26 March 2014

The way things are.

Like millions of other people, the world over, we are very much into photography, more particularly, wildlife photography. 

We love nothing more than to get out and about in the fresh air of Britain's beautiful countryside with the principle purpose of tracking down and photographing whatever birds, mammals, insects, plants, fungi and so on as may be evident in whichever area of the country we find ourselves, including our own little urban garden.

Photography, in and of itself, can be an extremely expensive hobby, particularly when your chosen genre requires the use of long and relatively fast lenses. Indeed our equipment bill over the past decade or so runs into many thousands of pounds, add to that the costs associated with travel across the country, hotels and all manner of other expenses and it becomes., well, expensive :-)

In addition to the inherent financial  costs associated with this most enjoyable activity, there is a not inconsiderable, investment made by us personally in terms of time, effort, discomfiture and so on. Not to put too fine a point on it but we go out in all weathers from 30deg C of heat to snow blizzards, rain, hail, wind and any other weather phenomena you can reasonably imagine it is possible to shoot in.

We have sat in areas of deer pee, very smelly, for hours on end, cataloguing the activities of red and fallow deer. We've sat in freezing cold hides with a howling gale threatening to tear the roof off. We've photographed Gannet and other seabirds atop a 90 metre cliff top in wind and rain so hard i had to switch VR on on my lens to shoot a landscape whilst using a tripod - difficult, and scary.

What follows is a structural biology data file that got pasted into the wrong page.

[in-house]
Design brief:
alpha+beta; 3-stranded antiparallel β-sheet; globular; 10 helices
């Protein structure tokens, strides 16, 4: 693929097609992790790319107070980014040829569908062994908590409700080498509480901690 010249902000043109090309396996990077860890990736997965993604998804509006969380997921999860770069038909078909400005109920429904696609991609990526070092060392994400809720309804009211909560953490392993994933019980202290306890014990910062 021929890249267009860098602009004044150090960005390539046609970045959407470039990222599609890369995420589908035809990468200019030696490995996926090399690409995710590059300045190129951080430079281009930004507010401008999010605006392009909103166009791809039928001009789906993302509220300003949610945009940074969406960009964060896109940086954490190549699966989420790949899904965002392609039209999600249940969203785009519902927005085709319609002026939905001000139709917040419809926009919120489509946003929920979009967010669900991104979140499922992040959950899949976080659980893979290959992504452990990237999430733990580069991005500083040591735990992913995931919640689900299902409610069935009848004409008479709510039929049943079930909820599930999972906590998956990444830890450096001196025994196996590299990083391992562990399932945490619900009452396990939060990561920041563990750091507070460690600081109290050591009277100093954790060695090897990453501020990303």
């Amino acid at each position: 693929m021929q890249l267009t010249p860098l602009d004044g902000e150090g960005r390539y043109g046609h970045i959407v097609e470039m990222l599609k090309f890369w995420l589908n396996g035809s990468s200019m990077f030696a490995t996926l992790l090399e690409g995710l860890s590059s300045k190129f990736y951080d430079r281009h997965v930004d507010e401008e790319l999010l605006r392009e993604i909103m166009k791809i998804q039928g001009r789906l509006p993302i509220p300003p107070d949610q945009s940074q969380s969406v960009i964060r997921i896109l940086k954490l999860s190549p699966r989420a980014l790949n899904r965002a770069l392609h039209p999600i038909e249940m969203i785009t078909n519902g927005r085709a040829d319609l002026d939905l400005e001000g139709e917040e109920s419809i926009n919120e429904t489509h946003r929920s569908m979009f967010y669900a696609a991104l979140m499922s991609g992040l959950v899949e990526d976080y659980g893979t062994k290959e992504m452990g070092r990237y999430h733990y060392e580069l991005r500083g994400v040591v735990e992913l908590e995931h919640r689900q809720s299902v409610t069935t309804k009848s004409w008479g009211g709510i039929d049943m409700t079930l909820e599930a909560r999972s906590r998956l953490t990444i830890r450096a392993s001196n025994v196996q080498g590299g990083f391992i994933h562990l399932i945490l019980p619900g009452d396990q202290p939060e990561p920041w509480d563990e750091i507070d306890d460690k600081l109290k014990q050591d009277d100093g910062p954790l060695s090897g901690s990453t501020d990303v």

To summarise - our photography, such as it is, is expensive in terms of time, money and effort. 

We show a small proportion of our material on flickr, 500px, and twitter as well as on our own blogs and personal website.

We are happy for people to like or dislike our material according to their own tastes. We let several organisations use our copyright material freely within reasonable and agreed limits for publicity and so on, we never ever ask for contributions, financial or otherwise.

Given what I have outlined above I do not think it is too much to ask for people to respect our copyright particularly on twitter. 

Retweet our material to your hearts content, favourite if you like it that much - we're fine with that. 

Download it, and re-upload with no credit to us as the owners of copyright, making pretence that it is either your own work or something you just found lying around is not acceptable.

To do that shows zero respect for us, or our efforts, in photographing our little part of the world.

We have a small group of twitter followers whom I find to be interesting, and informative. None of these good people have ever been so rude as to act in the above suggested fashion, and we thank you for it.

Tweets are now protected and will remain so for the foreseeable future.

The internet is not a free catalogue of materials, despite what some people believe.

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